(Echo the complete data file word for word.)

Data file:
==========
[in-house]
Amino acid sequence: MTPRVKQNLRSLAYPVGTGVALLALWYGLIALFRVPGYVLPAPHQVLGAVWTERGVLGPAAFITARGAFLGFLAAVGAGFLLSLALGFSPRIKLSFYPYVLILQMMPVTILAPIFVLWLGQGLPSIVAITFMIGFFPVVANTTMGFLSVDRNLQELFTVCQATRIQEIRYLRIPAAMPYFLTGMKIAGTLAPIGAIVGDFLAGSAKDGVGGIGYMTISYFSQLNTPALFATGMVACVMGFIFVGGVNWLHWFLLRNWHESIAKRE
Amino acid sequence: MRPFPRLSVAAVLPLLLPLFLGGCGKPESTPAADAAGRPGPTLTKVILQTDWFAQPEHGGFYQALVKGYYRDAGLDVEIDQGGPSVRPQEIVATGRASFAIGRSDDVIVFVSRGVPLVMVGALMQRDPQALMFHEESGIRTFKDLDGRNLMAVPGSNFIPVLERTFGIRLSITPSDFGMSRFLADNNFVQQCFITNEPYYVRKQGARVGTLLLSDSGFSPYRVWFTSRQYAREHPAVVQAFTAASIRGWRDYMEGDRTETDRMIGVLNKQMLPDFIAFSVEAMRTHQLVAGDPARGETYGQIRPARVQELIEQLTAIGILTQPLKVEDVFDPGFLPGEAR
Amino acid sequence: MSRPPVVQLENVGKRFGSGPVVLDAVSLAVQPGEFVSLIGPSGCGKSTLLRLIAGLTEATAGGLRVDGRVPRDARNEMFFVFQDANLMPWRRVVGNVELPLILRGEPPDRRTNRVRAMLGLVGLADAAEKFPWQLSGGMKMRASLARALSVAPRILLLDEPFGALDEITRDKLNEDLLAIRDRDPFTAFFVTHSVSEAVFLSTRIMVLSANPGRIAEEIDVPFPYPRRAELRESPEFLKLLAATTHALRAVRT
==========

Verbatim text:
[in-house]
Amino acid sequence: MTPRVKQNLRSLAYPVGTGVALLALWYGLIALFRVPGYVLPAPHQVLGAVWTERGVLGPAAFITARGAFLGFLAAVGAGFLLSLALGFSPRIKLSFYPYVLILQMMPVTILAPIFVLWLGQGLPSIVAITFMIGFFPVVANTTMGFLSVDRNLQELFTVCQATRIQEIRYLRIPAAMPYFLTGMKIAGTLAPIGAIVGDFLAGSAKDGVGGIGYMTISYFSQLNTPALFATGMVACVMGFIFVGGVNWLHWFLLRNWHESIAKRE
Amino acid sequence: MRPFPRLSVAAVLPLLLPLFLGGCGKPESTPAADAAGRPGPTLTKVILQTDWFAQPEHGGFYQALVKGYYRDAGLDVEIDQGGPSVRPQEIVATGRASFAIGRSDDVIVFVSRGVPLVMVGALMQRDPQALMFHEESGIRTFKDLDGRNLMAVPGSNFIPVLERTFGIRLSITPSDFGMSRFLADNNFVQQCFITNEPYYVRKQGARVGTLLLSDSGFSPYRVWFTSRQYAREHPAVVQAFTAASIRGWRDYMEGDRTETDRMIGVLNKQMLPDFIAFSVEAMRTHQLVAGDPARGETYGQIRPARVQELIEQLTAIGILTQPLKVEDVFDPGFLPGEAR
Amino acid sequence: MSRPPVVQLENVGKRFGSGPVVLDAVSLAVQPGEFVSLIGPSGCGKSTLLRLIAGLTEATAGGLRVDGRVPRDARNEMFFVFQDANLMPWRRVVGNVELPLILRGEPPDRRTNRVRAMLGLVGLADAAEKFPWQLSGGMKMRASLARALSVAPRILLLDEPFGALDEITRDKLNEDLLAIRDRDPFTAFFVTHSVSEAVFLSTRIMVLSANPGRIAEEIDVPFPYPRRAELRESPEFLKLLAATTHALRAVRT